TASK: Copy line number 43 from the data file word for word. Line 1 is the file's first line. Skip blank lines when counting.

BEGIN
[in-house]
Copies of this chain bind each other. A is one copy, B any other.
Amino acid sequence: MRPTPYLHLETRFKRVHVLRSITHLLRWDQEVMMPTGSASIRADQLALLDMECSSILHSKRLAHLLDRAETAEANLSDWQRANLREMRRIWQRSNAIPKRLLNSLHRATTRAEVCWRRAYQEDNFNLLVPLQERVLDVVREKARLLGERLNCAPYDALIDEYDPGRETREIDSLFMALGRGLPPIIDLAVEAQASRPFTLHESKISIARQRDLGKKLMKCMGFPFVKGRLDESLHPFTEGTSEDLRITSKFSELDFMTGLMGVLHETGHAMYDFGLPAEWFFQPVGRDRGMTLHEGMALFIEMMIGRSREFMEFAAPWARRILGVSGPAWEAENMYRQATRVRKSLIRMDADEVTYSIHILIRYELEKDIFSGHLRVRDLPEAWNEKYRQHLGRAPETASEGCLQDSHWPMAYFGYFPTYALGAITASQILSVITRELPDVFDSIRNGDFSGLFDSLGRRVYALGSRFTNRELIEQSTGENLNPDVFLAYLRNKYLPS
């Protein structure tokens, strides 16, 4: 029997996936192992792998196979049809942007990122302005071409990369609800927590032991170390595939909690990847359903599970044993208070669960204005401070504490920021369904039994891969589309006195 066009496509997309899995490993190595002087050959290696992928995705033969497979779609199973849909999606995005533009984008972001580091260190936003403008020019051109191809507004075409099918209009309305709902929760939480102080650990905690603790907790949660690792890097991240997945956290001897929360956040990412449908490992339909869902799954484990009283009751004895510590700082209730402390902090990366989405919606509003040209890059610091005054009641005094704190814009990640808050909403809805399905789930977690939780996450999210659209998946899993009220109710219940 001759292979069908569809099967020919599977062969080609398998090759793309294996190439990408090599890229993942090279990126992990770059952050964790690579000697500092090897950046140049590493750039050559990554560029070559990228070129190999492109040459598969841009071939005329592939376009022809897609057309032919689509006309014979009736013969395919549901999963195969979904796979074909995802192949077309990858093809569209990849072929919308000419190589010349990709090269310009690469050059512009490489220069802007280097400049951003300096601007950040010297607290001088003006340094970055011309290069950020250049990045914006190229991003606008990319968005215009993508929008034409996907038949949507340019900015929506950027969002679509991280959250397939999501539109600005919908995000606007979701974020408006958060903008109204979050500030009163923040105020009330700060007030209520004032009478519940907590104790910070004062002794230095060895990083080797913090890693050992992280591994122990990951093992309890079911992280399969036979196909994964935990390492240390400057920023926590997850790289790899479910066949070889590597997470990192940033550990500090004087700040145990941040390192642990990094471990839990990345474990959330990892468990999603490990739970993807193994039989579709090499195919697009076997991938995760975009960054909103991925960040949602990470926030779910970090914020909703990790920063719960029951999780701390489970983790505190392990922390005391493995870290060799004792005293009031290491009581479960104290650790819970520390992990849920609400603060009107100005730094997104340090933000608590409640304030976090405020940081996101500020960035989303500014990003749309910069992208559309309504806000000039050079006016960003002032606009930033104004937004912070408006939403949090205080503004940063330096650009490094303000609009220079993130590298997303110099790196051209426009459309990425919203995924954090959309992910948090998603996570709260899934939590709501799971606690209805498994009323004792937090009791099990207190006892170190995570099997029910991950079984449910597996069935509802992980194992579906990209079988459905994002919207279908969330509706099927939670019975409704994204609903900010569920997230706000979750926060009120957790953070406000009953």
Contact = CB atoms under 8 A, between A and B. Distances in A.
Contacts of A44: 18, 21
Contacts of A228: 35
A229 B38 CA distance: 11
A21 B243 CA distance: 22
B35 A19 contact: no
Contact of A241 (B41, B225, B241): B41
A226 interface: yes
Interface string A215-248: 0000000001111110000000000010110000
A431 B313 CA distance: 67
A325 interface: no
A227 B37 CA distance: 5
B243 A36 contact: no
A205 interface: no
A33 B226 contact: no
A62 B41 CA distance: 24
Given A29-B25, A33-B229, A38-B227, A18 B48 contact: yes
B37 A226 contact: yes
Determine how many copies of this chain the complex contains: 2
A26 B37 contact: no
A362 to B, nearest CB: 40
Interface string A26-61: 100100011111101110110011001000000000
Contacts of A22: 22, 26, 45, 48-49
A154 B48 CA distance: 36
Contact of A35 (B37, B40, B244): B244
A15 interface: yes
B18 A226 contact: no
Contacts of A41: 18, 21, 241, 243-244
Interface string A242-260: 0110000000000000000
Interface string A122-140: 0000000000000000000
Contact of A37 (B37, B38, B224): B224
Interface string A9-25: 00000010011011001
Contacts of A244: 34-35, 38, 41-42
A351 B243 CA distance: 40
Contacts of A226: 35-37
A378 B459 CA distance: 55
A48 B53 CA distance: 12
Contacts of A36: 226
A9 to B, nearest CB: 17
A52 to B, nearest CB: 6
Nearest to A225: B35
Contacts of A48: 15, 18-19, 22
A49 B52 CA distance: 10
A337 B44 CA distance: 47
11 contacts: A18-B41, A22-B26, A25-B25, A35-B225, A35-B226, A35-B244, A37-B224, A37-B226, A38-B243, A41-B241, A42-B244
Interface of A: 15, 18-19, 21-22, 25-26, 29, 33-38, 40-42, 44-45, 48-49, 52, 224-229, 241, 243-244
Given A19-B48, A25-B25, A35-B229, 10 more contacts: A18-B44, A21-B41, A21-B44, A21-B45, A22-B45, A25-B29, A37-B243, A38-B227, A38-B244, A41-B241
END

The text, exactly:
A9 to B, nearest CB: 17